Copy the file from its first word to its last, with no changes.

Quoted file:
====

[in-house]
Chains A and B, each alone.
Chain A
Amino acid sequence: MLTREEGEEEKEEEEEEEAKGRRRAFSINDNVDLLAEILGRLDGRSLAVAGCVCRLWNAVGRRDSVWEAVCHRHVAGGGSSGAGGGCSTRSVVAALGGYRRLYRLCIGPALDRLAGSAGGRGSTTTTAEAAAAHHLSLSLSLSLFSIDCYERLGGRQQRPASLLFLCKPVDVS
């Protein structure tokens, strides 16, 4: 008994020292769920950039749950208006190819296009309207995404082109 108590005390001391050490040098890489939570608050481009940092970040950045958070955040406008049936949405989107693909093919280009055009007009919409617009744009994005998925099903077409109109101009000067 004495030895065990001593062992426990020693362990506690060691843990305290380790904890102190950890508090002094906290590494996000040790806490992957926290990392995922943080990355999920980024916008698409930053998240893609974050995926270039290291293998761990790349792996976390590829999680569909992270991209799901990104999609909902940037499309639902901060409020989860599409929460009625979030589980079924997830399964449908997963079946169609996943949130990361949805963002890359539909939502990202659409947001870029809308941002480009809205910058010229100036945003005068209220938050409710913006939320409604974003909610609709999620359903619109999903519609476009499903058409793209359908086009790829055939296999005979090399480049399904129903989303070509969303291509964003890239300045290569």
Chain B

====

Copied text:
[in-house]
Chains A and B, each alone.
Chain A
Amino acid sequence: MLTREEGEEEKEEEEEEEAKGRRRAFSINDNVDLLAEILGRLDGRSLAVAGCVCRLWNAVGRRDSVWEAVCHRHVAGGGSSGAGGGCSTRSVVAALGGYRRLYRLCIGPALDRLAGSAGGRGSTTTTAEAAAAHHLSLSLSLSLFSIDCYERLGGRQQRPASLLFLCKPVDVS
């Protein structure tokens, strides 16, 4: 008994020292769920950039749950208006190819296009309207995404082109 108590005390001391050490040098890489939570608050481009940092970040950045958070955040406008049936949405989107693909093919280009055009007009919409617009744009994005998925099903077409109109101009000067 004495030895065990001593062992426990020693362990506690060691843990305290380790904890102190950890508090002094906290590494996000040790806490992957926290990392995922943080990355999920980024916008698409930053998240893609974050995926270039290291293998761990790349792996976390590829999680569909992270991209799901990104999609909902940037499309639902901060409020989860599409929460009625979030589980079924997830399964449908997963079946169609996943949130990361949805963002890359539909939502990202659409947001870029809308941002480009809205910058010229100036945003005068209220938050409710913006939320409604974003909610609709999620359903619109999903519609476009499903058409793209359908086009790829055939296999005979090399480049399904129903989303070509969303291509964003890239300045290569």
Chain B